Hurricane season began this week with a grim reminder to anyone concerned about the national debt or America’s economy: Our changing climate is no longer just an environmental, health or social issue. It’s also now a serious economic issue.
In the past five years alone, climate-related disasters caused more than $612 billion worth of damage to our economy, according to NOAA. Record wildfires in the West. Record flooding in our nation’s heartland. An unprecedented Texas freeze caused billions in damage that Texans will be paying for over the next 30 years. And so many hurricanes in the East that meteorologists ran out of names for them.
If there’s a silver lining in all of this, it’s that once something becomes a pocketbook issue, lawmakers start to act. The clean energy investments passed by the last Congress will help reduce carbon emissions that are turbocharging extreme weather and sucking dollars out of taxpayers’ pockets with every disaster
But even before we start seeing those payoffs, these same policies are driving private-industry investments at levels not seen in generations – if ever.
In just nine months since Congress passed the Inflation Reduction Act (IRA), companies announced nearly 200 major clean energy projects – electric vehicle and battery factories; green hydrogen refineries; solar and wind farms, new power lines and energy efficiency projects, according to tracking by the nonpartisan business group E2, which I run. Together, these projects include $80 billion in investments and more than 60,000 good-paying jobs.
The only thing that can stop this new American economic boom?
It’s not hurricanes or wildfires or freezes or flooding.
Fortunately, House Republican leadership in Washington smartly pulled back its misguided threats to repeal the IRA or force the country to default on its financial obligations as part of the deal on the debt ceiling. And in Texas -- now the nation’s leader in renewable energy -- the most radical attempts by Republicans to stop renewable energy just failed after saner heads prevailed.
Certainly, Republicans don’t really want to kill all this economic growth and take away the new career opportunities coming to young people and other constituents back home.
The only reason GOP leaders let this happen in the first place is because the more extreme members of their party are demanding it, just to score political points against the Democrats.
We should’ve never gambled with economic growth and America’s competitiveness just to score political points. And we should never allow it to happen again.
Doing so threatens to pull the rug out from under companies like Ford, GM, Berkshire Hathaway, First Solar and many others that are expanding operations to meet the expected demand in clean energy and electric vehicles being turbocharged by the IRA before they can even get started.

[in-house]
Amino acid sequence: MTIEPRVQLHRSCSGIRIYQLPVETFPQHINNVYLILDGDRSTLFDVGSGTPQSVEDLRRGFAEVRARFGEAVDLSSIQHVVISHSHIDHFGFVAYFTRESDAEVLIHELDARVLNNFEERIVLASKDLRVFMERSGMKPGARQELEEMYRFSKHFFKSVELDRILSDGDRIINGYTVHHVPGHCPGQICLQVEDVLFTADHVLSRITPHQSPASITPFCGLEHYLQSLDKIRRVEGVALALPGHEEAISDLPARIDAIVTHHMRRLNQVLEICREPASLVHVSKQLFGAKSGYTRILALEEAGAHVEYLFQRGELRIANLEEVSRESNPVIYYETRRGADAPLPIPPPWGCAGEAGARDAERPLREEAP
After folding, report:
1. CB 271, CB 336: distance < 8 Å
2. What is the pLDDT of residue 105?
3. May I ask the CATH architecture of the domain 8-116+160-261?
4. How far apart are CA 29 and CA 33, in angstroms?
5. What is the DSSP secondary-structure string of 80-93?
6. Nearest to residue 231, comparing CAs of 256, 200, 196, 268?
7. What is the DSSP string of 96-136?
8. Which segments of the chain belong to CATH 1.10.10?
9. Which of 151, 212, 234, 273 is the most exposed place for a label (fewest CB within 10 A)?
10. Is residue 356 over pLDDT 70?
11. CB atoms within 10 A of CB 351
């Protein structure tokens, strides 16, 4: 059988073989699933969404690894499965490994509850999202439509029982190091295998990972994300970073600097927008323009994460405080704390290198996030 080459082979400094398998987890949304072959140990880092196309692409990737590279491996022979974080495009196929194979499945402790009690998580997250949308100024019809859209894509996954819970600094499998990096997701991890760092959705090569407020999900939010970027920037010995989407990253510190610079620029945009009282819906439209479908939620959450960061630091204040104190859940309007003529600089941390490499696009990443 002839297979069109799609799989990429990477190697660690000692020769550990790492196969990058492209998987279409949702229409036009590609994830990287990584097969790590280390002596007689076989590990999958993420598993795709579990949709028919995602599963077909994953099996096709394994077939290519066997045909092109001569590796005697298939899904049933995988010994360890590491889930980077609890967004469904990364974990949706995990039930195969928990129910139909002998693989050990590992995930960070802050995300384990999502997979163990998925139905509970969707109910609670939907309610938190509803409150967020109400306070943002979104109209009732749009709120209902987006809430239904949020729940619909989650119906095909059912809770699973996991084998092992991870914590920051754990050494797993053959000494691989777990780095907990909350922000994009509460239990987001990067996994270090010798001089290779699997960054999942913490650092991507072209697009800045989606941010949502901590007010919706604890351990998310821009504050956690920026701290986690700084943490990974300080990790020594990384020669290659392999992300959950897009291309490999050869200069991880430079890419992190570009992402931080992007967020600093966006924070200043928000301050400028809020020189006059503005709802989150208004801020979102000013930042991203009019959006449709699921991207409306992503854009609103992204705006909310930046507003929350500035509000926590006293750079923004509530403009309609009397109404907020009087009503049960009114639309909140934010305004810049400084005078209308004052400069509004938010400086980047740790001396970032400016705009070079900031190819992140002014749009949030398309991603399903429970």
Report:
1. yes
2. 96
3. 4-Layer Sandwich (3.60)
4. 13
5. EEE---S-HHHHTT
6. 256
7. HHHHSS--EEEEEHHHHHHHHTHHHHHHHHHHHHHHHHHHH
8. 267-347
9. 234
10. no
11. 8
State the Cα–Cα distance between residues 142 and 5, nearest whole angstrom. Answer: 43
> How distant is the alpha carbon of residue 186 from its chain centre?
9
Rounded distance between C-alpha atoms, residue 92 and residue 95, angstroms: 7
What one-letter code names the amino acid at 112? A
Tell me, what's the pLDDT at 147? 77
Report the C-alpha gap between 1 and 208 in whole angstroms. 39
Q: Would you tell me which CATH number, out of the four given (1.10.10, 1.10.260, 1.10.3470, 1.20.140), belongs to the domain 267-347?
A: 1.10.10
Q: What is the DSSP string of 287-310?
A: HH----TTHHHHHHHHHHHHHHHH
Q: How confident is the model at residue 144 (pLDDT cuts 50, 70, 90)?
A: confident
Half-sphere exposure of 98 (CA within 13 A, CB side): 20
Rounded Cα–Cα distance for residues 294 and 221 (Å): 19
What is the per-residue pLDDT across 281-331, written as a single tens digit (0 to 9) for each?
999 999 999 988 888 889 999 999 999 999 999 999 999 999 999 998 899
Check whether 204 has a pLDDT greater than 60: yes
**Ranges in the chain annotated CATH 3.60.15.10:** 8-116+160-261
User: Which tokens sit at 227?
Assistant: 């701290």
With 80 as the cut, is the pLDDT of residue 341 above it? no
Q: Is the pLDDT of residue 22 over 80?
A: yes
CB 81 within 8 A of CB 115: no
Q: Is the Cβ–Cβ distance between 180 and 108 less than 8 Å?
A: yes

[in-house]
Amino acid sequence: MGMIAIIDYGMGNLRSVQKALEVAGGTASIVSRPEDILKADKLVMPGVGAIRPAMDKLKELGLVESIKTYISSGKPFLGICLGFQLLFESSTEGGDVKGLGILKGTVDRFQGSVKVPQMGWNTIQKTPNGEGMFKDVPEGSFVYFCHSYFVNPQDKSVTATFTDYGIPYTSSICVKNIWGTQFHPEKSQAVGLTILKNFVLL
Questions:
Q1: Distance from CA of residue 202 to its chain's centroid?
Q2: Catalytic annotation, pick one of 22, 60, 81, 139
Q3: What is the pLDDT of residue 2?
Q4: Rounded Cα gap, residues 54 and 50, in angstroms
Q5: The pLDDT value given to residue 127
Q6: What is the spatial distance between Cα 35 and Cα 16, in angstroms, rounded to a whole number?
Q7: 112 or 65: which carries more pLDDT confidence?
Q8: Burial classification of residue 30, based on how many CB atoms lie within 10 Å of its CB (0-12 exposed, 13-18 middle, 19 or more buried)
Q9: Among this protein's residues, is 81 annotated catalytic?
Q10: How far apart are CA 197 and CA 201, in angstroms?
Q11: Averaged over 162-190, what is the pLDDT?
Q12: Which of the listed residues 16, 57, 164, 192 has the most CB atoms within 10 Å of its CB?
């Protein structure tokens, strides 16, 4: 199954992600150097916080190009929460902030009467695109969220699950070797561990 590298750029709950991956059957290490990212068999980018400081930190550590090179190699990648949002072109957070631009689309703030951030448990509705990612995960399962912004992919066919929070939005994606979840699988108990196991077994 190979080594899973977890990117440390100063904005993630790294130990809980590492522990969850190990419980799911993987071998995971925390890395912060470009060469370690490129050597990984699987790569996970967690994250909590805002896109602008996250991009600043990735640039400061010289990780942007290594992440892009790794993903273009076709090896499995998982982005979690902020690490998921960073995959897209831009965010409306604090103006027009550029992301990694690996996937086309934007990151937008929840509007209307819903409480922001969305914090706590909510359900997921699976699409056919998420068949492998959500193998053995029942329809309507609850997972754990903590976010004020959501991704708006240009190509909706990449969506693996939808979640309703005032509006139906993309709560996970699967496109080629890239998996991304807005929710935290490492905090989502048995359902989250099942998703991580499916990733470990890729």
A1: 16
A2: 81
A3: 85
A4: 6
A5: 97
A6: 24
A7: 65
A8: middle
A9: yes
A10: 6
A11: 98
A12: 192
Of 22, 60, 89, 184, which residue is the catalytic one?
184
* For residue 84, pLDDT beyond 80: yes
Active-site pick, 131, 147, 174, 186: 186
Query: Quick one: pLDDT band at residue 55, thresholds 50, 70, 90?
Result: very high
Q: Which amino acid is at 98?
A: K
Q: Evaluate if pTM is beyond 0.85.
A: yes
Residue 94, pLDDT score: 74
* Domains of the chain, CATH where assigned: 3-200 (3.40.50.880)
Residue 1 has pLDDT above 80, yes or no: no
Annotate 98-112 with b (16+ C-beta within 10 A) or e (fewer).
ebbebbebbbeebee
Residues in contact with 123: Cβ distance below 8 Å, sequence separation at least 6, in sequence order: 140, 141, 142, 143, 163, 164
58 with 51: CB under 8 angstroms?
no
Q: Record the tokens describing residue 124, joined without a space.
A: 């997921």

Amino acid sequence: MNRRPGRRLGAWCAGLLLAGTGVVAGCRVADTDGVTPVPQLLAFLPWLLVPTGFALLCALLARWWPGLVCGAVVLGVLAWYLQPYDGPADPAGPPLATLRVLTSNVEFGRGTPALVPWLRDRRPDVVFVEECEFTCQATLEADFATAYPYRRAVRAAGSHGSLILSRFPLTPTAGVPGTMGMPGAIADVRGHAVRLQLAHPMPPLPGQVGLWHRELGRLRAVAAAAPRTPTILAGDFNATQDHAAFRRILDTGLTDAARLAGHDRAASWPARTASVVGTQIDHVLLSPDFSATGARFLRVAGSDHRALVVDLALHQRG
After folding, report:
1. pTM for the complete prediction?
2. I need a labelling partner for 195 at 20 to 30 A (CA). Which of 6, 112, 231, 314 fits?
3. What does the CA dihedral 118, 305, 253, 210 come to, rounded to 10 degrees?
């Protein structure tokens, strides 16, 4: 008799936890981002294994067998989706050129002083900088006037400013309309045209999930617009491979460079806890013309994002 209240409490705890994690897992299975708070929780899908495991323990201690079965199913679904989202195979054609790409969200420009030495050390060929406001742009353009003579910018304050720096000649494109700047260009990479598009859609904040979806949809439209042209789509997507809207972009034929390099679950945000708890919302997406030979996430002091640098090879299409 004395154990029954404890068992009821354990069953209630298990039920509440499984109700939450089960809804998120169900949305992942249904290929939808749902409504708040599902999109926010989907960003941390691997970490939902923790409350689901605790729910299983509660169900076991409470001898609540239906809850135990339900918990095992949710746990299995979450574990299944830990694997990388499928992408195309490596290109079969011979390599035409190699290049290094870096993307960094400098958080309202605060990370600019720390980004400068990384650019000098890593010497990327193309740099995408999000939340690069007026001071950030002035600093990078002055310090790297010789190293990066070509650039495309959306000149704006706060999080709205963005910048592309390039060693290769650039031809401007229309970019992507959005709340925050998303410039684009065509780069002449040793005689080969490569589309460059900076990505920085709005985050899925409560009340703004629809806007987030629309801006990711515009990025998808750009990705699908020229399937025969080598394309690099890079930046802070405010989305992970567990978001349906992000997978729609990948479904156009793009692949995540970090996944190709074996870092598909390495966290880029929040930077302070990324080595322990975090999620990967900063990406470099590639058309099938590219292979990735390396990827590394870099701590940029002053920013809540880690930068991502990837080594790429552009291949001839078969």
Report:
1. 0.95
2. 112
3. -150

It would trip up America in the global race for a $23 trillion global clean energy market. It would give China, Europe and other international competitors yet another leg up in a competition in which we’re already lagging behind. And it would set us back again in our efforts to reduce the economic impacts of climate change.
Here’s the craziest part: Congressional Republicans attempts to roll back federal climate and clean energy investments would’ve hurt Republicans back home the most.
The majority of clean energy and transportation projects announced since the passage of the IRA have been in red states.
South Carolina leads the way so far, with at least 16 major projects, followed by Georgia with 14 and states including Texas and Tennessee not far behind, according to E2’s research.
Volkswagen plans to revive production of the iconic Scout SUV and truck at a factory in the South Carolina district of Rep. Joe Wilson.
The biggest solar panel factory in the Western hemisphere is being built by Qcells in the Georgia district of Rep. Marjorie Taylor Green.
One of the nation’s biggest green hydrogen projects is happening in Utah, the home state of Conservative Climate Caucus Chairman Rep. John Curtis.
One of the biggest carbon removal projects is planned in the solar-heavy California district represented by none other than Speaker McCarthy.
Republican governors, mayors and business leaders who are outside of D.C.’s political bubble are embracing these investments and jobs and celebrating the fact that these investments are turning the tide and bringing manufacturing jobs back to America. More rational Republicans in Congress need to join them.
They need to remember constituents back home care less about political bickering and more about jobs, the economy, American competitiveness and preventing the next costly disaster.
They need to denounce short-sighted political attacks on clean energy policies that are working, and reject future attempts to repeal and weaken then.
They need to put the economy and opportunities for their states above Washington politics.
Hurricane season reminds us there’s no time to waste.
We need to keep moving the country forward together, not just bicker and play political games until the next costly disaster strikes.